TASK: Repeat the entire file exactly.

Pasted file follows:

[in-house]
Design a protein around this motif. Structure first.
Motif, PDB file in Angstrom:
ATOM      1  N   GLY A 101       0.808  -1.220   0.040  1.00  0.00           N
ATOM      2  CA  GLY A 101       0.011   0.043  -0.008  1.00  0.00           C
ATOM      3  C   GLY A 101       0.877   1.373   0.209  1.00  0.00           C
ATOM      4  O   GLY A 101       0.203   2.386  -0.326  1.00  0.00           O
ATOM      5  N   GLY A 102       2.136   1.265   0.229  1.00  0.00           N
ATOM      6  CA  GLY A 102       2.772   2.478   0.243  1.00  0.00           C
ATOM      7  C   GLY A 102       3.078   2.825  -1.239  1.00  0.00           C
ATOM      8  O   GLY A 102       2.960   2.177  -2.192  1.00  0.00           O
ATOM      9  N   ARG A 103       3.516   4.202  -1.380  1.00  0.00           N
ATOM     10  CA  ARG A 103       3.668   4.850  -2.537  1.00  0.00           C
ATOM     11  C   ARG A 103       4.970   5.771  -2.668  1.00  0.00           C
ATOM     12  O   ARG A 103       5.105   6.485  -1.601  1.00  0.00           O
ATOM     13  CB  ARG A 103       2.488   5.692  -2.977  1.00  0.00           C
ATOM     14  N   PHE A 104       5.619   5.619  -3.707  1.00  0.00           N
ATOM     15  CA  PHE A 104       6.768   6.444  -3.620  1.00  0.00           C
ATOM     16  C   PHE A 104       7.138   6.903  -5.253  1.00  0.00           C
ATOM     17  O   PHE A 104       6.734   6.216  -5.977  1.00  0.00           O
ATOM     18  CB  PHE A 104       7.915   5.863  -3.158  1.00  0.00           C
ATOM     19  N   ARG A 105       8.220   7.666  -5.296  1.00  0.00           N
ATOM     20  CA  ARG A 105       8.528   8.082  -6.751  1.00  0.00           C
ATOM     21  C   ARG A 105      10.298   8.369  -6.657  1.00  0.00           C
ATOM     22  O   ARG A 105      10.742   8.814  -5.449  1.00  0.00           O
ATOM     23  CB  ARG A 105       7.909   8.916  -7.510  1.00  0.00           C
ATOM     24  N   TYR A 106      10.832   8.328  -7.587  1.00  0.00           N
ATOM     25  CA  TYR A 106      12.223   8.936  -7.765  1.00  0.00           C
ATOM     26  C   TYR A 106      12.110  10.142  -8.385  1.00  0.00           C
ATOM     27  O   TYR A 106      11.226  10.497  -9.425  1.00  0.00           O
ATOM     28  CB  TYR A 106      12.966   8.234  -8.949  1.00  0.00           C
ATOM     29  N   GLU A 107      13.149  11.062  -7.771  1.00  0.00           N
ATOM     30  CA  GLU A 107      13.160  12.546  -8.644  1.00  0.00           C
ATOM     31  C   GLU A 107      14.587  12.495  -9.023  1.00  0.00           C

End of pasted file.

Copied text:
[in-house]
Design a protein around this motif. Structure first.
Motif, PDB file in Angstrom:
ATOM      1  N   GLY A 101       0.808  -1.220   0.040  1.00  0.00           N
ATOM      2  CA  GLY A 101       0.011   0.043  -0.008  1.00  0.00           C
ATOM      3  C   GLY A 101       0.877   1.373   0.209  1.00  0.00           C
ATOM      4  O   GLY A 101       0.203   2.386  -0.326  1.00  0.00           O
ATOM      5  N   GLY A 102       2.136   1.265   0.229  1.00  0.00           N
ATOM      6  CA  GLY A 102       2.772   2.478   0.243  1.00  0.00           C
ATOM      7  C   GLY A 102       3.078   2.825  -1.239  1.00  0.00           C
ATOM      8  O   GLY A 102       2.960   2.177  -2.192  1.00  0.00           O
ATOM      9  N   ARG A 103       3.516   4.202  -1.380  1.00  0.00           N
ATOM     10  CA  ARG A 103       3.668   4.850  -2.537  1.00  0.00           C
ATOM     11  C   ARG A 103       4.970   5.771  -2.668  1.00  0.00           C
ATOM     12  O   ARG A 103       5.105   6.485  -1.601  1.00  0.00           O
ATOM     13  CB  ARG A 103       2.488   5.692  -2.977  1.00  0.00           C
ATOM     14  N   PHE A 104       5.619   5.619  -3.707  1.00  0.00           N
ATOM     15  CA  PHE A 104       6.768   6.444  -3.620  1.00  0.00           C
ATOM     16  C   PHE A 104       7.138   6.903  -5.253  1.00  0.00           C
ATOM     17  O   PHE A 104       6.734   6.216  -5.977  1.00  0.00           O
ATOM     18  CB  PHE A 104       7.915   5.863  -3.158  1.00  0.00           C
ATOM     19  N   ARG A 105       8.220   7.666  -5.296  1.00  0.00           N
ATOM     20  CA  ARG A 105       8.528   8.082  -6.751  1.00  0.00           C
ATOM     21  C   ARG A 105      10.298   8.369  -6.657  1.00  0.00           C
ATOM     22  O   ARG A 105      10.742   8.814  -5.449  1.00  0.00           O
ATOM     23  CB  ARG A 105       7.909   8.916  -7.510  1.00  0.00           C
ATOM     24  N   TYR A 106      10.832   8.328  -7.587  1.00  0.00           N
ATOM     25  CA  TYR A 106      12.223   8.936  -7.765  1.00  0.00           C
ATOM     26  C   TYR A 106      12.110  10.142  -8.385  1.00  0.00           C
ATOM     27  O   TYR A 106      11.226  10.497  -9.425  1.00  0.00           O
ATOM     28  CB  TYR A 106      12.966   8.234  -8.949  1.00  0.00           C
ATOM     29  N   GLU A 107      13.149  11.062  -7.771  1.00  0.00           N
ATOM     30  CA  GLU A 107      13.160  12.546  -8.644  1.00  0.00           C
ATOM     31  C   GLU A 107      14.587  12.495  -9.023  1.00  0.00           C